This afternoon, the Office of the Hearing Examiner released its ruling on an appeal of the adequacy of the Final Environmental Impact Statement (FEIS) for the City Council’s proposed legislation relaxing rules on the construction of ADUs (aka “mother in law apartments” and “backyard cottages”) in single-family residential zones in Seattle.
This afternoon, after years of work, the City Council gave final approval to the “city-wide” MHA legislation, which upzoned and applied affordable-housing requirements in the city’s urban villages .
The Downtown Seattle Association, a local advocacy group boasting 2,000 corporate, nonprofit and residential members, has published a report on downtown construction in 2018, and what we can expect for the next 2+ years.
It took about fours hours, but the Council worked its way through all of the proposed amendments to the city-wide MHA legislation and passed it out of committee this afternoon (and evening).
Here’s how it played out.
Two weeks ago the Council walked through all of its proposed amendments to the city-wide MHA ordinance; I wrote up the results here. Tomorrow afternoon, they are scheduled to vote on those amendments, vote it out of committee, and then give final approval to the ordinance on March 18th..
The Council will also start discussing a draft companion resolution to accompany the MHA bill that commits the Council to several other actions.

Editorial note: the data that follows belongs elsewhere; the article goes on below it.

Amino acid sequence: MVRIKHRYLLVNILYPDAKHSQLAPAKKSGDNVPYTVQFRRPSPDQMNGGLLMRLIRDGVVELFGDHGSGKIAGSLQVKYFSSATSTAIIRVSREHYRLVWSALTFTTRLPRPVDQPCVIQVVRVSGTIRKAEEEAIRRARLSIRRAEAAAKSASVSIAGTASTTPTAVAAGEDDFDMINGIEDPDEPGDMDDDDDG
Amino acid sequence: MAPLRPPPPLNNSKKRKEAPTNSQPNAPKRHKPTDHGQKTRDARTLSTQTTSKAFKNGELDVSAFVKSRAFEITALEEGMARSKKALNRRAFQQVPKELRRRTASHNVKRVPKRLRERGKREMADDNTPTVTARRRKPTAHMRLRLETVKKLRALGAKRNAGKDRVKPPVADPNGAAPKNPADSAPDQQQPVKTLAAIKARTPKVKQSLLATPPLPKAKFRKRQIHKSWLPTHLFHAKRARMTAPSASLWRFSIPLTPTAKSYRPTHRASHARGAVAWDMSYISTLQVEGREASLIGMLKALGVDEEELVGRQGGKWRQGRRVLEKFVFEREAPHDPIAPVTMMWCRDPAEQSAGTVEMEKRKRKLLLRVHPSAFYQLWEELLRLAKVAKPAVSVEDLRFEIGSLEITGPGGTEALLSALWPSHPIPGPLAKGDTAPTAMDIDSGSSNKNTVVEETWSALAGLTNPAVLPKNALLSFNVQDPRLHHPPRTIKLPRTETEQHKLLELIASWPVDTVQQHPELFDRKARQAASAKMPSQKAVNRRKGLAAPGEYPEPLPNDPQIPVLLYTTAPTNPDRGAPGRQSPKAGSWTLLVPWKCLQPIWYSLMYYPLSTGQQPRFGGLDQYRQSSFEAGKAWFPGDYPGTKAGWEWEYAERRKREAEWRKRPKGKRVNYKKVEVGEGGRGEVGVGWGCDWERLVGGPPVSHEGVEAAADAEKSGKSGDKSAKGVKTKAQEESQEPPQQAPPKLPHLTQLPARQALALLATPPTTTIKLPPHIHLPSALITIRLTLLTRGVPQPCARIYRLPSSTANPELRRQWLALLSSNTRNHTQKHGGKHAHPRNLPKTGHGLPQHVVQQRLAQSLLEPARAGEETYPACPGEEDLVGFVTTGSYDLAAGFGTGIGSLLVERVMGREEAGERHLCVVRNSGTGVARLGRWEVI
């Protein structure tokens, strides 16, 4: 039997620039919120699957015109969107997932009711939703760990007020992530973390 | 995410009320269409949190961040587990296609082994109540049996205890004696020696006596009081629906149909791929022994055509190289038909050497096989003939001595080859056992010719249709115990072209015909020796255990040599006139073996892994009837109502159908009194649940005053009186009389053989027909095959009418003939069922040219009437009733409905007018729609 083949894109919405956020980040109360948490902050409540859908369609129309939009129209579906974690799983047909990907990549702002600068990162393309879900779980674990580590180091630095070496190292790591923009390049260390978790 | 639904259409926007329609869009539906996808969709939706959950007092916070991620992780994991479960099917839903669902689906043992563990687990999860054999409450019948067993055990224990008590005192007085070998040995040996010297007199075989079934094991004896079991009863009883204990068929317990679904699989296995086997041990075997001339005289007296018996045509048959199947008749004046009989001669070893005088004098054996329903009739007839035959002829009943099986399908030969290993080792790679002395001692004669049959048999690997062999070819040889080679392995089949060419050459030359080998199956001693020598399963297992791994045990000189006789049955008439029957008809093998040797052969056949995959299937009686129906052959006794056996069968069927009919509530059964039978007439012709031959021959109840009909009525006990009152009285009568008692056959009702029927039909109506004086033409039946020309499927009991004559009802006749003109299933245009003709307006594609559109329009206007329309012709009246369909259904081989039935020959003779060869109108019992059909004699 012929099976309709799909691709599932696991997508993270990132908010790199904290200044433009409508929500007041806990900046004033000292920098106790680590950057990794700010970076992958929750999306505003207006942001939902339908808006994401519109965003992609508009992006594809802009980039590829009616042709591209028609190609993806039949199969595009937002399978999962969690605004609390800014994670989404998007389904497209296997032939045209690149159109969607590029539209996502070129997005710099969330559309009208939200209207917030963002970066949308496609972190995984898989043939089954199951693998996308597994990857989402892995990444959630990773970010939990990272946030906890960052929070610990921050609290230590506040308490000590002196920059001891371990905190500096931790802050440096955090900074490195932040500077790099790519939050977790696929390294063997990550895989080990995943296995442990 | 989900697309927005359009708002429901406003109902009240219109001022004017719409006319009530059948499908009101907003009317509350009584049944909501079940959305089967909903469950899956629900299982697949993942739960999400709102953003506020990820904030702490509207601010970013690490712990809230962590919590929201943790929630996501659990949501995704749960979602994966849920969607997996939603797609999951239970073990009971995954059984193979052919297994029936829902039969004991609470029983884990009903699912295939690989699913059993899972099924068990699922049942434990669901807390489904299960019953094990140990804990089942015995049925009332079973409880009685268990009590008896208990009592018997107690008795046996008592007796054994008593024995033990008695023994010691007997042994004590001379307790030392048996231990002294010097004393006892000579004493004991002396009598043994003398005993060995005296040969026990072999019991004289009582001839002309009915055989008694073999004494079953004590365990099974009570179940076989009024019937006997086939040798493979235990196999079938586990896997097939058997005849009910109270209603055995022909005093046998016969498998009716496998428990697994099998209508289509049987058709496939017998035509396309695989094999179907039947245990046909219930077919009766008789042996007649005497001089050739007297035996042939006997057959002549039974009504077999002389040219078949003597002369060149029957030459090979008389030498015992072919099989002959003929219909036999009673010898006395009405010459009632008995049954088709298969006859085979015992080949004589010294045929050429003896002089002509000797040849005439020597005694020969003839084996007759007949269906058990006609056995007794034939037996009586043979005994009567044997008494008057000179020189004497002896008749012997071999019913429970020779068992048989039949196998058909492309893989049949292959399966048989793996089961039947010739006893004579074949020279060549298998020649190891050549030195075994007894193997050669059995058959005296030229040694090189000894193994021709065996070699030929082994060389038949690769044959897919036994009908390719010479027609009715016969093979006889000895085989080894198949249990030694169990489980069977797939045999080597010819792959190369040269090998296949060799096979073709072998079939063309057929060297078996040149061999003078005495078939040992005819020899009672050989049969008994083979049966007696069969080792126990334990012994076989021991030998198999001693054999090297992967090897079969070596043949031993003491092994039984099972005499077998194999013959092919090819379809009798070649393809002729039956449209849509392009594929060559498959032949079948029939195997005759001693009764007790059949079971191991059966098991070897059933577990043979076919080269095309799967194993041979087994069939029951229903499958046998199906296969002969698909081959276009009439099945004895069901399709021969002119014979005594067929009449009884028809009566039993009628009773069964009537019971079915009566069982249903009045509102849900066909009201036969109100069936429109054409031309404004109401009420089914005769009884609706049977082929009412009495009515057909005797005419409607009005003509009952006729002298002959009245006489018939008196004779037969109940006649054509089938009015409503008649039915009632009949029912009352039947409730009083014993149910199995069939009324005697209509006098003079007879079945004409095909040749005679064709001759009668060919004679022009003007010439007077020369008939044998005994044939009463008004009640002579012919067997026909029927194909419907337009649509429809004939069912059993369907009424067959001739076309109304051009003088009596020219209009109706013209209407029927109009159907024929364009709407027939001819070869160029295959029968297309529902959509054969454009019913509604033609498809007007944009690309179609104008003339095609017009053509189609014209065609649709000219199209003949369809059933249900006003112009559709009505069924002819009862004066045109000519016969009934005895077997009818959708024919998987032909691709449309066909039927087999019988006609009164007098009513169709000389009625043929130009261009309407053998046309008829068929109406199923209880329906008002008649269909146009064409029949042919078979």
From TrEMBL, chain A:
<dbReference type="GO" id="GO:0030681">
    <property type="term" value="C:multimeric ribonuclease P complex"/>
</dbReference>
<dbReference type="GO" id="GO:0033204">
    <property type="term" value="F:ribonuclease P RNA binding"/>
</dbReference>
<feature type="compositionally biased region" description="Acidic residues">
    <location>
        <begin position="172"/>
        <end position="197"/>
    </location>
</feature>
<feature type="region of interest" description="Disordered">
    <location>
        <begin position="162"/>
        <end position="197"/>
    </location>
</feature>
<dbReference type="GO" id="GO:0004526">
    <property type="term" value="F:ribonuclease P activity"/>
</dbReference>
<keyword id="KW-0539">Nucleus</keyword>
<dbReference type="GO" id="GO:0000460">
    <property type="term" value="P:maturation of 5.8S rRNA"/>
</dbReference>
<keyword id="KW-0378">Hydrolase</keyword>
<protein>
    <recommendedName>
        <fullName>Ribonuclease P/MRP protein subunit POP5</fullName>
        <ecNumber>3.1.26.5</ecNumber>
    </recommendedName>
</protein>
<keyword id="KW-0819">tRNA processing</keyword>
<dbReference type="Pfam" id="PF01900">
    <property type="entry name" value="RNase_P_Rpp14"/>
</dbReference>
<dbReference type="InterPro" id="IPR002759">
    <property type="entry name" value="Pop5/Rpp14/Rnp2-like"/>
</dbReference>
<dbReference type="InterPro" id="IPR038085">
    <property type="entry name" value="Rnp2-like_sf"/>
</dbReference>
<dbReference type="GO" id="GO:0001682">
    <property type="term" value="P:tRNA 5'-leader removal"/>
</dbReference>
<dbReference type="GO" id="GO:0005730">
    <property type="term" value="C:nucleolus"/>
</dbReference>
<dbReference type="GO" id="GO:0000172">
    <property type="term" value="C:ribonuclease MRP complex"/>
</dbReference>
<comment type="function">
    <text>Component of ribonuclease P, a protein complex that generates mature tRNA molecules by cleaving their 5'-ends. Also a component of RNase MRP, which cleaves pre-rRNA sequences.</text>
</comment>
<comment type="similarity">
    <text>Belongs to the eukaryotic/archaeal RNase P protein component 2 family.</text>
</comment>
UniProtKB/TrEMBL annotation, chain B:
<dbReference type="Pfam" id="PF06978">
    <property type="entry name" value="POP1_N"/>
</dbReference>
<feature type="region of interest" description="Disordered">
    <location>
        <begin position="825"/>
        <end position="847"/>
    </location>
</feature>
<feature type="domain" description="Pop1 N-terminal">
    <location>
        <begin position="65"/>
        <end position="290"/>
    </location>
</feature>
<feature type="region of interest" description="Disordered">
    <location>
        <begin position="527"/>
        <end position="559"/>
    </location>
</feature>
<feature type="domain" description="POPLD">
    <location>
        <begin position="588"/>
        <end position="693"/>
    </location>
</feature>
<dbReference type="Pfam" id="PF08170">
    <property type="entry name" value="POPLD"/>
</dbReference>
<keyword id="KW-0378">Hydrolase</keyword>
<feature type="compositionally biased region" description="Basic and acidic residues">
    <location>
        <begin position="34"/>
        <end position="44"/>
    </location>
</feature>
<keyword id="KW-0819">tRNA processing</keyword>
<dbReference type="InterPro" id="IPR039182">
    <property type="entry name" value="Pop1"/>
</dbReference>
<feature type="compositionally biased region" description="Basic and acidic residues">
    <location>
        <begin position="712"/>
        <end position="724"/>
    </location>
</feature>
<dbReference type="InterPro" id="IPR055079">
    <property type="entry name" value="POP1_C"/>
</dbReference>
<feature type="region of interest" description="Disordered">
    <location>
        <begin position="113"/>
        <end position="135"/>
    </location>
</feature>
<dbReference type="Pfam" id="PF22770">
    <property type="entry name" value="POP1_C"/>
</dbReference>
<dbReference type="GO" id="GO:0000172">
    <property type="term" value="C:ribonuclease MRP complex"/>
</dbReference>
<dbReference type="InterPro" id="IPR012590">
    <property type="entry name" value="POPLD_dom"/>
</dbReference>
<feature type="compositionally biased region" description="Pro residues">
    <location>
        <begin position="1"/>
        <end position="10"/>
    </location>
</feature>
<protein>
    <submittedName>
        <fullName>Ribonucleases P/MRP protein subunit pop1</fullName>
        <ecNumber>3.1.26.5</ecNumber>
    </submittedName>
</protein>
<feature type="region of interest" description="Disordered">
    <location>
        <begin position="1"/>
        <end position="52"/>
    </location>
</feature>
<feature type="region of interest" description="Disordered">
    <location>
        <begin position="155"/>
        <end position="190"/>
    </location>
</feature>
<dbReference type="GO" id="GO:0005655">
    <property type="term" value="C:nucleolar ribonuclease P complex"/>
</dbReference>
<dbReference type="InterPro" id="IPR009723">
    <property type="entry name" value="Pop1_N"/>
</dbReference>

Here’s a preview of how things are shaking out, and the awkward conversations the Council members will need to have tomorrow as they vote on amendments.
Last Friday, the City Council held its first public discussion of the amendments formally proposed for the Mandatory Housing Affordability (MHA) “upzone” ordinance. While no official decisions were made (that will happen on February 25th), it became clear which ones had consensus support — and on others, where the battle lines are being drawn.
Two notable things happened today with regard to the proposed city-wide MHA “upzone” legislation: the city published the anticipated Final EIS addendum expanding on the historic resources analysis, and the City Council’s list of proposed amendments was released in advance of tomorrow’s MHA committee discussion.
Today the Office of Housing released its draft Redevelopment Plan for the Fort Lawton site in Magnolia, moving the project one step closer to reality after a nearly thirteen years roller-coaster ride.
After a light edit, this afternoon this City Council approved a one-year moratorium on redevelopment of mobile-home parks within the city limits.